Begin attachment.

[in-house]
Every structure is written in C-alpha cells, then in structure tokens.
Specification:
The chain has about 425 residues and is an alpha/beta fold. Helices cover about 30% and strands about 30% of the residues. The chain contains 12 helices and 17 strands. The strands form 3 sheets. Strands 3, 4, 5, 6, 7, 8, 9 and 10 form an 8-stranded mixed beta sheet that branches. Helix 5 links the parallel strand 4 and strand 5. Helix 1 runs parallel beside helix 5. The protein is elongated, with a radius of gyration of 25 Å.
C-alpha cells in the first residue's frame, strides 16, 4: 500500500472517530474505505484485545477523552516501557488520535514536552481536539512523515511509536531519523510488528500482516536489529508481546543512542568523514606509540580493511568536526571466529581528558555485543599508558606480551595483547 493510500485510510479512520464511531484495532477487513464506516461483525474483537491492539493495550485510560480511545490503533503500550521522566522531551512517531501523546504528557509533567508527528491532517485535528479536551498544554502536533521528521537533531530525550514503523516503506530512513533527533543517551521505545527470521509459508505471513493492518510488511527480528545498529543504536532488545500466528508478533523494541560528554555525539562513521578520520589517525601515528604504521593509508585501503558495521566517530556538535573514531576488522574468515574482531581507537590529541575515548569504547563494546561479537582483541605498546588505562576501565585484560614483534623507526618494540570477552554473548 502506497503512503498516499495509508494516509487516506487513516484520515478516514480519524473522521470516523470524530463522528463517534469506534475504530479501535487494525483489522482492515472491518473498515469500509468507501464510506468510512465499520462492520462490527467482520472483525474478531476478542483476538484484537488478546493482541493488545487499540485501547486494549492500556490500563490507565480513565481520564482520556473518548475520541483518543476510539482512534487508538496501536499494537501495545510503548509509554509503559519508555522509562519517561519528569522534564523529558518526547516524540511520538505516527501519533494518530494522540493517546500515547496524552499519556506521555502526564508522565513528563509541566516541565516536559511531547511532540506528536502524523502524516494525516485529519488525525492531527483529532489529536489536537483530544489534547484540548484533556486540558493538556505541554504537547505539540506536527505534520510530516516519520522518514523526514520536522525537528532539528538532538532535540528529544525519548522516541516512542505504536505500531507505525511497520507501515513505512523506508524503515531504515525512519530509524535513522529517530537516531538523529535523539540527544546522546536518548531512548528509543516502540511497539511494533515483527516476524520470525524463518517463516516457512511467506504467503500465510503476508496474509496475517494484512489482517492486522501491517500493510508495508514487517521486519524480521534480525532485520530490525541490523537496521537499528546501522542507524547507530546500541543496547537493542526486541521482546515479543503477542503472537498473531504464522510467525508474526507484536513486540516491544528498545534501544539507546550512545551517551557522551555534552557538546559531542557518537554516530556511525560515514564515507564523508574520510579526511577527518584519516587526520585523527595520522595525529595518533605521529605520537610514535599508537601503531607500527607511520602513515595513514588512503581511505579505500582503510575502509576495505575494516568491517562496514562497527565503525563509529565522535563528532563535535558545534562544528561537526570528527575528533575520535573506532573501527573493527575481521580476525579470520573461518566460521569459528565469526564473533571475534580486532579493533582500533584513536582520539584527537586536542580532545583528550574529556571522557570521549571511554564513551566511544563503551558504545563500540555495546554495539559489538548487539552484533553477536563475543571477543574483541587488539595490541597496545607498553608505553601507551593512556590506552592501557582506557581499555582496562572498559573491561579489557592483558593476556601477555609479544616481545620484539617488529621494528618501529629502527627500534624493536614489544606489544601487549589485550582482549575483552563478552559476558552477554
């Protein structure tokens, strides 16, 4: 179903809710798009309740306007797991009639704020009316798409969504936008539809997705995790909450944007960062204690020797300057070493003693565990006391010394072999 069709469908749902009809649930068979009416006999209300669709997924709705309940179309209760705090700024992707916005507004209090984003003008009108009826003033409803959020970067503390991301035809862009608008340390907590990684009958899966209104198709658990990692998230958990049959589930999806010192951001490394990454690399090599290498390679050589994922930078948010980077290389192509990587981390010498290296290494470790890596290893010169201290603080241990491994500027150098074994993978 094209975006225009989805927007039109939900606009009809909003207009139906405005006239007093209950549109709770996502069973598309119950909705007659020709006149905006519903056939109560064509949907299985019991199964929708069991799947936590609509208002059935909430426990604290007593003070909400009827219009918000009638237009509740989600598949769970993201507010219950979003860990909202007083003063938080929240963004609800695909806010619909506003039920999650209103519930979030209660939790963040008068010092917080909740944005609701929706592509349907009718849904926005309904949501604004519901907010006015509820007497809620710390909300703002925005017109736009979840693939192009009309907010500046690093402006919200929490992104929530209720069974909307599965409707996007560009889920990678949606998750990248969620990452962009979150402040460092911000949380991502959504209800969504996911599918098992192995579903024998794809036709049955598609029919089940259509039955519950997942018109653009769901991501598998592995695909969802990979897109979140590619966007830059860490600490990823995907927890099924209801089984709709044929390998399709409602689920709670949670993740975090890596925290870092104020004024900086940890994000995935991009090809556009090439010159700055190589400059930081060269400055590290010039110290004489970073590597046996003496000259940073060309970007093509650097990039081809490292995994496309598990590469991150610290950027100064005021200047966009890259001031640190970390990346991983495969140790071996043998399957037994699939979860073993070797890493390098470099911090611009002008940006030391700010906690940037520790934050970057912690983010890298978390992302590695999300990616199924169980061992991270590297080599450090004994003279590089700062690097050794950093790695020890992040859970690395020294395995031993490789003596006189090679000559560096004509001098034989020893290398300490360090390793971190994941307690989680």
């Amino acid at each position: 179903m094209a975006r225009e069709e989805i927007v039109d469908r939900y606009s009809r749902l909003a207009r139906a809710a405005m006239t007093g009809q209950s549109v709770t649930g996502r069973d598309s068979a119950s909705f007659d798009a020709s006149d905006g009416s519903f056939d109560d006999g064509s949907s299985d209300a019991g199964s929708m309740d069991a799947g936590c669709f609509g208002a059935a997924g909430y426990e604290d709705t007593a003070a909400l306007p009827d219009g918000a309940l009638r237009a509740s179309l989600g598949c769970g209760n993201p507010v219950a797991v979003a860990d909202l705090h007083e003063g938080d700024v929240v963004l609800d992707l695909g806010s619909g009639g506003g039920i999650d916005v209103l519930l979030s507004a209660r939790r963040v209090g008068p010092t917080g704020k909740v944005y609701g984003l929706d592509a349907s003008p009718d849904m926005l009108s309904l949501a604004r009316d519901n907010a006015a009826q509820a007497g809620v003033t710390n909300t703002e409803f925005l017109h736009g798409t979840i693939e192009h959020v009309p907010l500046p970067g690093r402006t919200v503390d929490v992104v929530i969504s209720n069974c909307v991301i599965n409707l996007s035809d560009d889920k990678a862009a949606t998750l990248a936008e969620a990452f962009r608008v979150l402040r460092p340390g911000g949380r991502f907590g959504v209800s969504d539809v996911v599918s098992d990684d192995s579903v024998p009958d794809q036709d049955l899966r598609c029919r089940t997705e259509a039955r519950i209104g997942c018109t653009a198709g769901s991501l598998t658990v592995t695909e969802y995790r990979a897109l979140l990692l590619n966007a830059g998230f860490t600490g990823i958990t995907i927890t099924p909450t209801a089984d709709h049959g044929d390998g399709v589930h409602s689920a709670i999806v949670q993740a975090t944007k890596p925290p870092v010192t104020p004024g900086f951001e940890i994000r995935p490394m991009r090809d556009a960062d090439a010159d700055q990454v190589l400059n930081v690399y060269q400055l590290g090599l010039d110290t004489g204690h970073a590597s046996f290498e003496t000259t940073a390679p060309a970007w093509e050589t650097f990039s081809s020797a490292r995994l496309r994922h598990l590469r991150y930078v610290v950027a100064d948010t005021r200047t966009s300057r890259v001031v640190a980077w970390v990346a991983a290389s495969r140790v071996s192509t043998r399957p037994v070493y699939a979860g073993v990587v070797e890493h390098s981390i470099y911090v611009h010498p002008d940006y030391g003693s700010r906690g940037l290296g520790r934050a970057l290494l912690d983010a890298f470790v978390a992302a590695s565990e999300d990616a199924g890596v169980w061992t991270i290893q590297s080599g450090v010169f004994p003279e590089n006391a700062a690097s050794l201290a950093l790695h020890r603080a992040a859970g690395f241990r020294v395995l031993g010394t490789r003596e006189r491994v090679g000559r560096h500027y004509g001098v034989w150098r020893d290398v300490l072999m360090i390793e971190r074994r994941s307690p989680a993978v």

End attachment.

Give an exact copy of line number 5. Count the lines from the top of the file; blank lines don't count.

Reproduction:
C-alpha cells in the first residue's frame, strides 16, 4: 500500500472517530474505505484485545477523552516501557488520535514536552481536539512523515511509536531519523510488528500482516536489529508481546543512542568523514606509540580493511568536526571466529581528558555485543599508558606480551595483547 493510500485510510479512520464511531484495532477487513464506516461483525474483537491492539493495550485510560480511545490503533503500550521522566522531551512517531501523546504528557509533567508527528491532517485535528479536551498544554502536533521528521537533531530525550514503523516503506530512513533527533543517551521505545527470521509459508505471513493492518510488511527480528545498529543504536532488545500466528508478533523494541560528554555525539562513521578520520589517525601515528604504521593509508585501503558495521566517530556538535573514531576488522574468515574482531581507537590529541575515548569504547563494546561479537582483541605498546588505562576501565585484560614483534623507526618494540570477552554473548 502506497503512503498516499495509508494516509487516506487513516484520515478516514480519524473522521470516523470524530463522528463517534469506534475504530479501535487494525483489522482492515472491518473498515469500509468507501464510506468510512465499520462492520462490527467482520472483525474478531476478542483476538484484537488478546493482541493488545487499540485501547486494549492500556490500563490507565480513565481520564482520556473518548475520541483518543476510539482512534487508538496501536499494537501495545510503548509509554509503559519508555522509562519517561519528569522534564523529558518526547516524540511520538505516527501519533494518530494522540493517546500515547496524552499519556506521555502526564508522565513528563509541566516541565516536559511531547511532540506528536502524523502524516494525516485529519488525525492531527483529532489529536489536537483530544489534547484540548484533556486540558493538556505541554504537547505539540506536527505534520510530516516519520522518514523526514520536522525537528532539528538532538532535540528529544525519548522516541516512542505504536505500531507505525511497520507501515513505512523506508524503515531504515525512519530509524535513522529517530537516531538523529535523539540527544546522546536518548531512548528509543516502540511497539511494533515483527516476524520470525524463518517463516516457512511467506504467503500465510503476508496474509496475517494484512489482517492486522501491517500493510508495508514487517521486519524480521534480525532485520530490525541490523537496521537499528546501522542507524547507530546500541543496547537493542526486541521482546515479543503477542503472537498473531504464522510467525508474526507484536513486540516491544528498545534501544539507546550512545551517551557522551555534552557538546559531542557518537554516530556511525560515514564515507564523508574520510579526511577527518584519516587526520585523527595520522595525529595518533605521529605520537610514535599508537601503531607500527607511520602513515595513514588512503581511505579505500582503510575502509576495505575494516568491517562496514562497527565503525563509529565522535563528532563535535558545534562544528561537526570528527575528533575520535573506532573501527573493527575481521580476525579470520573461518566460521569459528565469526564473533571475534580486532579493533582500533584513536582520539584527537586536542580532545583528550574529556571522557570521549571511554564513551566511544563503551558504545563500540555495546554495539559489538548487539552484533553477536563475543571477543574483541587488539595490541597496545607498553608505553601507551593512556590506552592501557582506557581499555582496562572498559573491561579489557592483558593476556601477555609479544616481545620484539617488529621494528618501529629502527627500534624493536614489544606489544601487549589485550582482549575483552563478552559476558552477554